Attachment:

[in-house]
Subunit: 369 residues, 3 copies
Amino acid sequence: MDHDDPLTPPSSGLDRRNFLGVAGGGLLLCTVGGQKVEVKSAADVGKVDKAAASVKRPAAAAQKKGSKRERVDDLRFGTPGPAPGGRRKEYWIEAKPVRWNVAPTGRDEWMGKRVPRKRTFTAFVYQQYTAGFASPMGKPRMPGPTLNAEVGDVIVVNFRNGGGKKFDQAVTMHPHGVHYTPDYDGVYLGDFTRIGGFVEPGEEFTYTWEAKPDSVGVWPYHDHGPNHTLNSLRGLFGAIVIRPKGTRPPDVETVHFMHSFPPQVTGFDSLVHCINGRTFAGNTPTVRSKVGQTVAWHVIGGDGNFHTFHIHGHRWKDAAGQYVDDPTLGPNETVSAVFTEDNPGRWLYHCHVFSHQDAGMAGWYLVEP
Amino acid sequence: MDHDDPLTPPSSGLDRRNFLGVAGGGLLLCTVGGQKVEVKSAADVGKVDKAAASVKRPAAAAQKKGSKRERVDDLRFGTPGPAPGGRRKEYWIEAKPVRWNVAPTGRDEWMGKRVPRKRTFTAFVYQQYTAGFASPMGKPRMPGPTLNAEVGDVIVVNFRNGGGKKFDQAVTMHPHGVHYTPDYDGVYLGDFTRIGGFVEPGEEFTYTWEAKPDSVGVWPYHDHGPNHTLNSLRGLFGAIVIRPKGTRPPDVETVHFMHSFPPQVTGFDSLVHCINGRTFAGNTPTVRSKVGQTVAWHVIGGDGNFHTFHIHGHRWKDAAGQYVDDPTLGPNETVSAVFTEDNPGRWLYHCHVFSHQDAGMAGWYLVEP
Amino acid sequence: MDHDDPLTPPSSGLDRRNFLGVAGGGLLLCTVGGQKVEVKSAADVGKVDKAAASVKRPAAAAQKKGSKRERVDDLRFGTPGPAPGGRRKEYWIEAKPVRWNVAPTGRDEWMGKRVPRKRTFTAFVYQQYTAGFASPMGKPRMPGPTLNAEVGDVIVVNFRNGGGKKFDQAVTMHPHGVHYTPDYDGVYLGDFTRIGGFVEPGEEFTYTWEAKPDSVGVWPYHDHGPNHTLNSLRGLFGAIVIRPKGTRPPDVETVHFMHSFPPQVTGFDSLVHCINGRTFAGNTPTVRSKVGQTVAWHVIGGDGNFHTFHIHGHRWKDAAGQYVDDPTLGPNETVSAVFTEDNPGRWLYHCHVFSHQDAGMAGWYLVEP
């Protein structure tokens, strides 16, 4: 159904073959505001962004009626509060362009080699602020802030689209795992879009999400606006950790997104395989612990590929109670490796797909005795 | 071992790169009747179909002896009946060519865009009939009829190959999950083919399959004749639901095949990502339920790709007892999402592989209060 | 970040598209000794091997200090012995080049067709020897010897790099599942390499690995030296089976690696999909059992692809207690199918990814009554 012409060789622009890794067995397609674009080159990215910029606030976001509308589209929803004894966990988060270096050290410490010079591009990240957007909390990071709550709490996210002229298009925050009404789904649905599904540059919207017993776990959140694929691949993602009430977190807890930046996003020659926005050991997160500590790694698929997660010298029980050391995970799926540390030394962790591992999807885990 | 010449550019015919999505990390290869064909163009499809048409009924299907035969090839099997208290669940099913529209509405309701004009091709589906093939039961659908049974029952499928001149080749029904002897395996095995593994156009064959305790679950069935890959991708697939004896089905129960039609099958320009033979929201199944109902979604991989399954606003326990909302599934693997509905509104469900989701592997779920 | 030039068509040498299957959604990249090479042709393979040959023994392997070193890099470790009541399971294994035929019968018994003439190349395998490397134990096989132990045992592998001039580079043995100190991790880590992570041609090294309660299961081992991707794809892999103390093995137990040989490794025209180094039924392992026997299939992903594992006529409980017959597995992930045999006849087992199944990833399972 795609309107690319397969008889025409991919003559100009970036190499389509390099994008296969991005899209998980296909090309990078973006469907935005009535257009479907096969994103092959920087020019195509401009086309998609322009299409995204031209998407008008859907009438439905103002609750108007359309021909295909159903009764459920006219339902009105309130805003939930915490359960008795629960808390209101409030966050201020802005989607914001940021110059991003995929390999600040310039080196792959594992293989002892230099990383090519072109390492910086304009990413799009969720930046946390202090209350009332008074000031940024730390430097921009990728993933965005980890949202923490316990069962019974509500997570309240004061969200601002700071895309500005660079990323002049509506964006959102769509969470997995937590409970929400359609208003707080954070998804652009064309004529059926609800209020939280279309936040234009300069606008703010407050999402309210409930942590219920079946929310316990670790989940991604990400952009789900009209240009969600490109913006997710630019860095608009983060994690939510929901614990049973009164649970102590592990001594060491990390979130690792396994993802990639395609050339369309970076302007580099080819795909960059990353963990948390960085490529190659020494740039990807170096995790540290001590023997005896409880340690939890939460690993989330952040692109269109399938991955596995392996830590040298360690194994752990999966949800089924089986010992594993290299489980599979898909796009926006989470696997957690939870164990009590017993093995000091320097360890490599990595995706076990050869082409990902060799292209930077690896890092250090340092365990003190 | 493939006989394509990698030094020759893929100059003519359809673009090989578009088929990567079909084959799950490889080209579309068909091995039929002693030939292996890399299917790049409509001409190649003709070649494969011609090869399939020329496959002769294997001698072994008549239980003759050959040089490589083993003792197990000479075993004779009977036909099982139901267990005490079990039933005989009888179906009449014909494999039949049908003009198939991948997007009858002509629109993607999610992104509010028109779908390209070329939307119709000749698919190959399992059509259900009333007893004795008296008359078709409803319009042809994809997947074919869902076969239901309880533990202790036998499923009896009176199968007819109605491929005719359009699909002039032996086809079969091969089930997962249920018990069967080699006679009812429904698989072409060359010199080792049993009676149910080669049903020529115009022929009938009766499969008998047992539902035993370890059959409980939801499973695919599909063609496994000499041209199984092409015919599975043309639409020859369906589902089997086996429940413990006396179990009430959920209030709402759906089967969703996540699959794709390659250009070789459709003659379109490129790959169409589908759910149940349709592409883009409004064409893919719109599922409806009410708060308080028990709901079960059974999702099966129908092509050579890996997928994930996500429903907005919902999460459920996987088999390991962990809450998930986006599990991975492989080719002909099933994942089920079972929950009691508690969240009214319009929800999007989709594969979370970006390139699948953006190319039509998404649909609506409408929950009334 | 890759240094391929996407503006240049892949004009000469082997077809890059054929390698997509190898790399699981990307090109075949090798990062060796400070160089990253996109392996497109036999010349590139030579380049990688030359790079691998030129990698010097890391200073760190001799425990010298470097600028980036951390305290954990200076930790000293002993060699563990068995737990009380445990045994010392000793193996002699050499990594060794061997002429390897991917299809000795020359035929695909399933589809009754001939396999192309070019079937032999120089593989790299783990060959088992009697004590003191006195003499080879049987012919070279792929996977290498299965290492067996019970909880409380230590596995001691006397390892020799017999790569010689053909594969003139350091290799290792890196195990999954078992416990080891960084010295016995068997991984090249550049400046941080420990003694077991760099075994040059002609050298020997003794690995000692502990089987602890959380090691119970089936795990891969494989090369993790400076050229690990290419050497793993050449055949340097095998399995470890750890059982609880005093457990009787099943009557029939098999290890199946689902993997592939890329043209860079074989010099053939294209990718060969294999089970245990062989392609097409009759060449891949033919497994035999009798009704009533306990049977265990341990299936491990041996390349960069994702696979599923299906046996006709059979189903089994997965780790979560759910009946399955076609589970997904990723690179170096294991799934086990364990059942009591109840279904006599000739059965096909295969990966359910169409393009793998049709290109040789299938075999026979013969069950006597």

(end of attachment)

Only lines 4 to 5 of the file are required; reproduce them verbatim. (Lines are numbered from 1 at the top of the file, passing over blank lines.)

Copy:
Amino acid sequence: MDHDDPLTPPSSGLDRRNFLGVAGGGLLLCTVGGQKVEVKSAADVGKVDKAAASVKRPAAAAQKKGSKRERVDDLRFGTPGPAPGGRRKEYWIEAKPVRWNVAPTGRDEWMGKRVPRKRTFTAFVYQQYTAGFASPMGKPRMPGPTLNAEVGDVIVVNFRNGGGKKFDQAVTMHPHGVHYTPDYDGVYLGDFTRIGGFVEPGEEFTYTWEAKPDSVGVWPYHDHGPNHTLNSLRGLFGAIVIRPKGTRPPDVETVHFMHSFPPQVTGFDSLVHCINGRTFAGNTPTVRSKVGQTVAWHVIGGDGNFHTFHIHGHRWKDAAGQYVDDPTLGPNETVSAVFTEDNPGRWLYHCHVFSHQDAGMAGWYLVEP
Amino acid sequence: MDHDDPLTPPSSGLDRRNFLGVAGGGLLLCTVGGQKVEVKSAADVGKVDKAAASVKRPAAAAQKKGSKRERVDDLRFGTPGPAPGGRRKEYWIEAKPVRWNVAPTGRDEWMGKRVPRKRTFTAFVYQQYTAGFASPMGKPRMPGPTLNAEVGDVIVVNFRNGGGKKFDQAVTMHPHGVHYTPDYDGVYLGDFTRIGGFVEPGEEFTYTWEAKPDSVGVWPYHDHGPNHTLNSLRGLFGAIVIRPKGTRPPDVETVHFMHSFPPQVTGFDSLVHCINGRTFAGNTPTVRSKVGQTVAWHVIGGDGNFHTFHIHGHRWKDAAGQYVDDPTLGPNETVSAVFTEDNPGRWLYHCHVFSHQDAGMAGWYLVEP